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ATLANTA 1996 OLYMPICS | NOTES

Russian Is Ousted for Banned Drug

August 02, 1996|From Associated Press

A fifth athlete from the former Soviet Union was expelled from the Olympics on Thursday for using a controversial drug, while an Irish runner and team officials were reprimanded in a case involving cold tablets.

Russian sprinter Marina Trandenkova, fifth-place finisher in the women's 100 meters, was disqualified after testing positive for the banned stimulant bromantan, the International Olympic Committee said. Her results were wiped off the books.

It was the first doping expulsion of the Atlanta Games in track and field.

Earlier, two Russian swimmers and a Greco-Roman wrestler were thrown out for taking bromantan. A cyclist from the former Soviet republic of Lithuania also was disqualified for bromantan, while her team doctor and coach were expelled for supplying the drug.

"I believe that someone is not happy about Russian victories, and that this is all about exerting psychological pressure on our athletes," Russian Olympic committee president Vitaly Smirnov told the Itar-Tass news agency.

Irish 5,000-meter runner Marie McMahon was reprimanded after testing positive for a stimulant contained in Robitussin, a cold and cough medicine readily available without a prescription.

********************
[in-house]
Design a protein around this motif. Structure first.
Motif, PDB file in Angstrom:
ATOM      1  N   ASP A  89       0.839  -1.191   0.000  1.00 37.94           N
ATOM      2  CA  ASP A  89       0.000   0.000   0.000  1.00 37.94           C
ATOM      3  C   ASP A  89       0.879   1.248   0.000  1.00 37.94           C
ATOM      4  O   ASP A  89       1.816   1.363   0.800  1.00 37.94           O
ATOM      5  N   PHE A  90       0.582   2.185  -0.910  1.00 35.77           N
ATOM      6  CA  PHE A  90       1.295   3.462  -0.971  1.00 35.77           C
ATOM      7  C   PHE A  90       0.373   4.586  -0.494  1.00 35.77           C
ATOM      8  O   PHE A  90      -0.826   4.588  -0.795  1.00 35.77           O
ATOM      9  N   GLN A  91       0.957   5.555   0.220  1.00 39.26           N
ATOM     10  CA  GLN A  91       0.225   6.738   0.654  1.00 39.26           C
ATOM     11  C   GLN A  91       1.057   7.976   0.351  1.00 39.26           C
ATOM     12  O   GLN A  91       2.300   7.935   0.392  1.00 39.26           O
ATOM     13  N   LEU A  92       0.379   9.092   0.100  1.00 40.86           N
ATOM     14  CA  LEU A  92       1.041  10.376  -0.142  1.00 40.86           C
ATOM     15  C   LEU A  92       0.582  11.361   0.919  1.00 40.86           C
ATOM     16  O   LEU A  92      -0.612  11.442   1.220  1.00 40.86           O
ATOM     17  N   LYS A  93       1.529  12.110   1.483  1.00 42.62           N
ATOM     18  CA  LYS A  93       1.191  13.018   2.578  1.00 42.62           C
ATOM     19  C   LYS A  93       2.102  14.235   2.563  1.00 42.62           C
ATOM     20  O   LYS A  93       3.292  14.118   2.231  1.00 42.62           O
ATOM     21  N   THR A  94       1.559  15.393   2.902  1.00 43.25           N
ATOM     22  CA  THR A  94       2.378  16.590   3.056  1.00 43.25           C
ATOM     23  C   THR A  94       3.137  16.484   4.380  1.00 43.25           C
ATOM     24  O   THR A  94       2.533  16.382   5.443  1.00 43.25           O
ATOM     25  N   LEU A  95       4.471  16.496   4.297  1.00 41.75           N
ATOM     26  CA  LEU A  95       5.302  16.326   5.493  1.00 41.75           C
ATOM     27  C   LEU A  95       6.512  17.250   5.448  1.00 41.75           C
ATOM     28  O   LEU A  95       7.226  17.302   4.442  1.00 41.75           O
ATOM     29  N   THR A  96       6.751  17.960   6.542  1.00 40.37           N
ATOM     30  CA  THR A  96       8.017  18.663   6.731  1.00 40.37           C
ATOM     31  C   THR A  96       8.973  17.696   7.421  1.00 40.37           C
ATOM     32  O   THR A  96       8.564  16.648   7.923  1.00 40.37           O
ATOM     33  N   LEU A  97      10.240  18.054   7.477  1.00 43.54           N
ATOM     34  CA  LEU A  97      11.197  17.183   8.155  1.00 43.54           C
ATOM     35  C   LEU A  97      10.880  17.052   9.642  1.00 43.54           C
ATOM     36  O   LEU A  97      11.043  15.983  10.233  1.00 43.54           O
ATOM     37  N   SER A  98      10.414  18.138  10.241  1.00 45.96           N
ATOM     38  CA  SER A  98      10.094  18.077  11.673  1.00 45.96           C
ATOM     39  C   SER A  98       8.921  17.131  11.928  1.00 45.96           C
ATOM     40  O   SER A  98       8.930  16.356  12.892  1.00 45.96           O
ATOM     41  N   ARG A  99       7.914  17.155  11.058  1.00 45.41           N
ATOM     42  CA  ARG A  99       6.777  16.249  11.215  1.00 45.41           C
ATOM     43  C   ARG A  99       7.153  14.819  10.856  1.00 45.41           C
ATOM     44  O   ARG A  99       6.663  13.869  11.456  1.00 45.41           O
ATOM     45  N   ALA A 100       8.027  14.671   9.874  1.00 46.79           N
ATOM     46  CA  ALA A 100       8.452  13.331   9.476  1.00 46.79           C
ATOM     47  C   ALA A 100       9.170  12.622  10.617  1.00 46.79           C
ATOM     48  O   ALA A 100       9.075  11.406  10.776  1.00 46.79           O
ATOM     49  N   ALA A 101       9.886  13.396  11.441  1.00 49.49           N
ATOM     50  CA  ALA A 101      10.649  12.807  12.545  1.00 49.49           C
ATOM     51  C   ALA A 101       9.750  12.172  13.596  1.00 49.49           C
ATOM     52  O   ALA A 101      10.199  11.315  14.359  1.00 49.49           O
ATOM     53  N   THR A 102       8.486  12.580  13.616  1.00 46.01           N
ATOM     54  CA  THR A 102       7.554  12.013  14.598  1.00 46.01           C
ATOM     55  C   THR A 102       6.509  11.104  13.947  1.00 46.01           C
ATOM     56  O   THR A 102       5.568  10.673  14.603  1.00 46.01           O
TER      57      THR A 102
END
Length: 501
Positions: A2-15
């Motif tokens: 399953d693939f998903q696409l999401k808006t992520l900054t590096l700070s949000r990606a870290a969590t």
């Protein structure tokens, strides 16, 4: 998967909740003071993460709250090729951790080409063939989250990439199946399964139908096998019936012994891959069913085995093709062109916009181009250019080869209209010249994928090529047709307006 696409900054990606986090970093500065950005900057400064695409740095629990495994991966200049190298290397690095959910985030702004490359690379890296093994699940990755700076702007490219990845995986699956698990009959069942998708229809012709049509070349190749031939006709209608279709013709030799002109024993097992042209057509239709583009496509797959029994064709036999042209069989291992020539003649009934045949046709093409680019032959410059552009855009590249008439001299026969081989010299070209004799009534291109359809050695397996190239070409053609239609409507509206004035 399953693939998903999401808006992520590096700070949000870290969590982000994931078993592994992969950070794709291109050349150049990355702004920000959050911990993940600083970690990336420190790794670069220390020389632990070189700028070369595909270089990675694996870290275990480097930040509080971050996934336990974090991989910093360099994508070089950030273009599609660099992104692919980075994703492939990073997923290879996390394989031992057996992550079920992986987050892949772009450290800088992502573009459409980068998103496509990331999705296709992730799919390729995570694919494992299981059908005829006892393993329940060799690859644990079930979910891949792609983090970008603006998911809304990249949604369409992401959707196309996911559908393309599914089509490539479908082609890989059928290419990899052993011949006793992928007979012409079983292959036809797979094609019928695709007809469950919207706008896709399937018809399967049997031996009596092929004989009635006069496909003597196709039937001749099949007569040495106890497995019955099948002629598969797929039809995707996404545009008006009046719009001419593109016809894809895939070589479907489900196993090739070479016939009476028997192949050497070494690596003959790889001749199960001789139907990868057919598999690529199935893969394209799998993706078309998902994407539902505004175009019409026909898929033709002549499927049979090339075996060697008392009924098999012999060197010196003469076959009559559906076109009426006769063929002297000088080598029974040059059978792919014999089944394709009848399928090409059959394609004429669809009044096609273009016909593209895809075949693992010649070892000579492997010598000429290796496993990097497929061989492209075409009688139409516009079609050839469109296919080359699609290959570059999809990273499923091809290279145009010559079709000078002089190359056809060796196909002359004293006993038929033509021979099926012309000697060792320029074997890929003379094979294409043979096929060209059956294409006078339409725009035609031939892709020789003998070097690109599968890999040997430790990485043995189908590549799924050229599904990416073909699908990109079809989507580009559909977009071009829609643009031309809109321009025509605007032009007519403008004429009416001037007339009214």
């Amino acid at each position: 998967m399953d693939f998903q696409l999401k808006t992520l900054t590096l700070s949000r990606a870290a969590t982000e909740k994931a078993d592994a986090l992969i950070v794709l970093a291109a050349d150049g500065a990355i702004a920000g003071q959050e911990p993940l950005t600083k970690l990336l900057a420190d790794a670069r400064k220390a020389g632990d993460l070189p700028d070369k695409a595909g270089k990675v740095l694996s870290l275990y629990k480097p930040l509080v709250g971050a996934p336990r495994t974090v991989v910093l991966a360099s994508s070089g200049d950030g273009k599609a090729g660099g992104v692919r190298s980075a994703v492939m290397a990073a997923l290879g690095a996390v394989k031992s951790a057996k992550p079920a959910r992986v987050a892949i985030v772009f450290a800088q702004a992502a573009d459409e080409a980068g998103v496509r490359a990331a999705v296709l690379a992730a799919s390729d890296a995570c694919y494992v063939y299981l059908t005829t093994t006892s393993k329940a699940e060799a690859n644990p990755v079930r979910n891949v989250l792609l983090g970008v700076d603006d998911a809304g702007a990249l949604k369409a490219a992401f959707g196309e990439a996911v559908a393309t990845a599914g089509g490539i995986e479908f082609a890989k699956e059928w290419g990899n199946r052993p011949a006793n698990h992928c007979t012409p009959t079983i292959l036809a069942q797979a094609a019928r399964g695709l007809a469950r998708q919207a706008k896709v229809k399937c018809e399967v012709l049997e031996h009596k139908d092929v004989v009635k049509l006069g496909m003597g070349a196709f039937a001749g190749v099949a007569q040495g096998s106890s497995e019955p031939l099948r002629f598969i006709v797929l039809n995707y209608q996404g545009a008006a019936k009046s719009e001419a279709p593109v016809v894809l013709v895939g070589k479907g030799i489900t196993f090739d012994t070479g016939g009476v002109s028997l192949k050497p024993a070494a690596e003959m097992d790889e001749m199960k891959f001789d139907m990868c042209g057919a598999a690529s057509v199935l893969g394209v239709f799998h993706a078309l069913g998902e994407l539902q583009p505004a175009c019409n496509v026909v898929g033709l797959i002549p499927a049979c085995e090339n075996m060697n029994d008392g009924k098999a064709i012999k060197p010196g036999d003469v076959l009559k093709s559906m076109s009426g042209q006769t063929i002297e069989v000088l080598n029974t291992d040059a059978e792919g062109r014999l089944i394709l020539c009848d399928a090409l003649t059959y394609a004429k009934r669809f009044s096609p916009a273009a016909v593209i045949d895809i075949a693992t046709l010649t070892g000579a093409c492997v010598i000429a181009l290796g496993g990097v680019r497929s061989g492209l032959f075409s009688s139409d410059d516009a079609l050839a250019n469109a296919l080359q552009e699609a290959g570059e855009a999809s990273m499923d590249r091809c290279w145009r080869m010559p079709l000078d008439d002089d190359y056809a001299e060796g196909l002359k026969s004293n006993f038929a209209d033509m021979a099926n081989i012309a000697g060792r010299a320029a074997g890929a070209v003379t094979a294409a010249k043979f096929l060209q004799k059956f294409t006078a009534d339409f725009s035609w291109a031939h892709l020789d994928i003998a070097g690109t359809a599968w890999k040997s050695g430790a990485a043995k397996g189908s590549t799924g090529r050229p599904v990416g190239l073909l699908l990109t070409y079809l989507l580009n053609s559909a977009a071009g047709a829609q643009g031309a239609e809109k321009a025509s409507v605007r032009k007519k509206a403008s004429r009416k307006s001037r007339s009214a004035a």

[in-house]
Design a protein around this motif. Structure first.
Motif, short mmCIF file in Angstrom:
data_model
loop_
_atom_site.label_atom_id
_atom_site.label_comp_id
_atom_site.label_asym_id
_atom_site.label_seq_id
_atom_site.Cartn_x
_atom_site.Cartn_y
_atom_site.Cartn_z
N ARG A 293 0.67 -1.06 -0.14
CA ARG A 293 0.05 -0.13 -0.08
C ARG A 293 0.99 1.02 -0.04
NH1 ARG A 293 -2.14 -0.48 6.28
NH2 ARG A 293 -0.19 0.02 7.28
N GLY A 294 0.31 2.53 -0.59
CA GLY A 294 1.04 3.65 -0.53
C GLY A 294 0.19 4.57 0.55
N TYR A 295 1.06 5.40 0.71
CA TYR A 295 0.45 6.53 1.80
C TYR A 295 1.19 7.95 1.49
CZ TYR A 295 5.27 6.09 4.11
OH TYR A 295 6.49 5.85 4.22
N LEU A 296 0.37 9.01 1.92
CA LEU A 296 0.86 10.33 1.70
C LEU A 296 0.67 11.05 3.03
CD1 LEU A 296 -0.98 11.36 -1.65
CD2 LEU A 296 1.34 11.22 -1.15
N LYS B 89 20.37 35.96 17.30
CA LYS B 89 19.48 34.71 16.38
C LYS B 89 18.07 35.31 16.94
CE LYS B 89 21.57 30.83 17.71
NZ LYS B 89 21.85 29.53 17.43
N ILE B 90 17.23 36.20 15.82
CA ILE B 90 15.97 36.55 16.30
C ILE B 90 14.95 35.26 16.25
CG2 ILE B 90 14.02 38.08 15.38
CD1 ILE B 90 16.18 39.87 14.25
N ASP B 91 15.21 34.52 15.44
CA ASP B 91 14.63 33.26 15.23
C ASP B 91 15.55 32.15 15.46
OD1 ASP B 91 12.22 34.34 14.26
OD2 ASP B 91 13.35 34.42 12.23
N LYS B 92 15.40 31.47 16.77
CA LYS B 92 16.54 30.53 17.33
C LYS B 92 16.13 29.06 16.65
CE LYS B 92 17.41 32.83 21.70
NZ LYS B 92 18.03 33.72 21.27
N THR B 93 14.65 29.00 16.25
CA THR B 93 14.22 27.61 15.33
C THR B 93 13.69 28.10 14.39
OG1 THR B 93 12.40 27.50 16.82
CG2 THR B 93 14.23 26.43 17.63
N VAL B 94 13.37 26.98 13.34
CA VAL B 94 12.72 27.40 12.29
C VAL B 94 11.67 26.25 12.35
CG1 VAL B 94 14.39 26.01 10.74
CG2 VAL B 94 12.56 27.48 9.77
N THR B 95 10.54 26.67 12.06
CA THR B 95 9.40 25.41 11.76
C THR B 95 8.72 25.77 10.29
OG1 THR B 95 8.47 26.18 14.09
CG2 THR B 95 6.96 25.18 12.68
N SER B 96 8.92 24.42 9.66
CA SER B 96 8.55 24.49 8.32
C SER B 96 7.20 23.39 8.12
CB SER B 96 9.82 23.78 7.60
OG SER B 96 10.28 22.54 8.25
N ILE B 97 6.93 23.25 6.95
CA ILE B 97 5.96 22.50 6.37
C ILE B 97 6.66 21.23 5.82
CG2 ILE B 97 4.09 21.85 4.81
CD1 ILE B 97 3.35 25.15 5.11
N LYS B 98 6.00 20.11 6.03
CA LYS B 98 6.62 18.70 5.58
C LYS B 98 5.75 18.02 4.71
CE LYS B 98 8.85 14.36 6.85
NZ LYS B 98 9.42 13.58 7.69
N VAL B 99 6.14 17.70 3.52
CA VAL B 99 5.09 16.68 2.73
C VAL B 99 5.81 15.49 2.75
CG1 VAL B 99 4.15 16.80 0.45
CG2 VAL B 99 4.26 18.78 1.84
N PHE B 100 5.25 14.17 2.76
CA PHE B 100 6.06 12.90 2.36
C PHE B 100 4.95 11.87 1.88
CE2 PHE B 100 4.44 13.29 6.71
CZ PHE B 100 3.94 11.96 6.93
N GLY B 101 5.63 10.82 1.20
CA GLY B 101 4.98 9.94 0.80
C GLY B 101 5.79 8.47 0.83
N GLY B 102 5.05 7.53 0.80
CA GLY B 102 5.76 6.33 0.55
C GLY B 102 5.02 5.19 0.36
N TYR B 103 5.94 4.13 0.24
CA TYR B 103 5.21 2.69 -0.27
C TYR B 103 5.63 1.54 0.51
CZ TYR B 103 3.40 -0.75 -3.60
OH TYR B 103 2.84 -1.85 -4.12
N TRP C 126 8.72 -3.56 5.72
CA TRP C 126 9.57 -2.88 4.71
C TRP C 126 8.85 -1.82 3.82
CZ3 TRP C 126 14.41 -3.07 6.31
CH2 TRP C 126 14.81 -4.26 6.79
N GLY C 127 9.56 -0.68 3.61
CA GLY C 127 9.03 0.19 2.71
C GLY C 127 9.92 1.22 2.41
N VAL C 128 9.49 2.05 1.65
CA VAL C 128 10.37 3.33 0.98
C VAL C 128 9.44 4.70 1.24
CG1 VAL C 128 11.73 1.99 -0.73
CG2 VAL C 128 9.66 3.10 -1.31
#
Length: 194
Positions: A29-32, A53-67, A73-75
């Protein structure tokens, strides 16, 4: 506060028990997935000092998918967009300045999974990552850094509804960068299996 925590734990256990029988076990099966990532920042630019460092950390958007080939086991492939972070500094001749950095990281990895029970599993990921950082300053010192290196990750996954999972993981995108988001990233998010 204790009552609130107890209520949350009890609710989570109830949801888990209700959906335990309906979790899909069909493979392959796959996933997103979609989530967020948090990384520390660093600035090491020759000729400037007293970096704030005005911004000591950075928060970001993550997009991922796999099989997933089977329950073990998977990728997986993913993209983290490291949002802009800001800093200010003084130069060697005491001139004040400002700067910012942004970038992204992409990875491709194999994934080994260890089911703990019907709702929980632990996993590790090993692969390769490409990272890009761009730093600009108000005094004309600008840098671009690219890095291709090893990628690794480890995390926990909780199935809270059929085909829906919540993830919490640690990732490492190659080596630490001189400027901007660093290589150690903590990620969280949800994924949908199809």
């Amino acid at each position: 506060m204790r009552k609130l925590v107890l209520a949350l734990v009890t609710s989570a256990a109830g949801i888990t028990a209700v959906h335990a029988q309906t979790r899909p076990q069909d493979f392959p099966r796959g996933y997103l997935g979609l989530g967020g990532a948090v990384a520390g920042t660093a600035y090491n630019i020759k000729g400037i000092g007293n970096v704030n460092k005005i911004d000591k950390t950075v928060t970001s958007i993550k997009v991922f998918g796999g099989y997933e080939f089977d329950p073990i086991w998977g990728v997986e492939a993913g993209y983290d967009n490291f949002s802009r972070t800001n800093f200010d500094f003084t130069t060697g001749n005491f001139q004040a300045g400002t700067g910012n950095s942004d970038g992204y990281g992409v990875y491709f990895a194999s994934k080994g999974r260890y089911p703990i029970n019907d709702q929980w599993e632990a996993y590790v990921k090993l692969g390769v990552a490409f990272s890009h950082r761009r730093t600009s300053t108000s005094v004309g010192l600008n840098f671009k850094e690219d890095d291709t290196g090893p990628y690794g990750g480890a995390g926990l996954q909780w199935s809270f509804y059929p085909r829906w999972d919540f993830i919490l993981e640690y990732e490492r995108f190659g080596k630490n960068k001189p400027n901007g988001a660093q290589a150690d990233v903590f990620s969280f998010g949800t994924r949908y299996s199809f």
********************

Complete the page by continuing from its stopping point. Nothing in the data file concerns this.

McMahon, the NCAA indoor 5,000-meter champion from Providence College, failed to qualify for the 5,000 final, finishing 14th of 15 runners in her heat.

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U.S. cyclist Jeanne Golay is getting an Olympic bonus: She will replace Rebecca Twigg in Saturday's time trial.

Twigg, a six-time world champion, quit the team over a feud with national coaching director Chris Carmichael and flew home Monday night.

On Thursday, the international cycling federation allowed U.S. officials to replace Twigg with Golay, who finished 29th in the road race and 17th in the points races.

Athletes who are ill or injured are routinely replaced. But because they hadn't dealt with an Olympian quitting before, USA Cycling officials weren't sure at first if they'd get to race a substitute rider.

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Raed Ahmed, the Iraqi defector who made a bold dash for freedom at the Olympics, said he surely will be killed if his bid for political asylum fails and he is returned to his homeland.

And regardless of his success, he fears his relatives back home will be tortured.

"If I was refused by the United States and sent back to Iraq, I will be executed immediately," the weightlifter said through an interpreter at a news conference.

Ahmed, who carried his nation's flag at the opening ceremony of the Olympics, said he believed his wife, Madiha Mohamad, was safe in Iraq.

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Two table tennis spectators were arrested for fighting with police who tried to remove one of them from the stands for waving a banned flag from Taiwan.

Although Taiwan competes in the games, it does so under a different flag in a long-established agreement to placate China. Fans are prohibited from carrying any flags other than those of participating countries into the stands.

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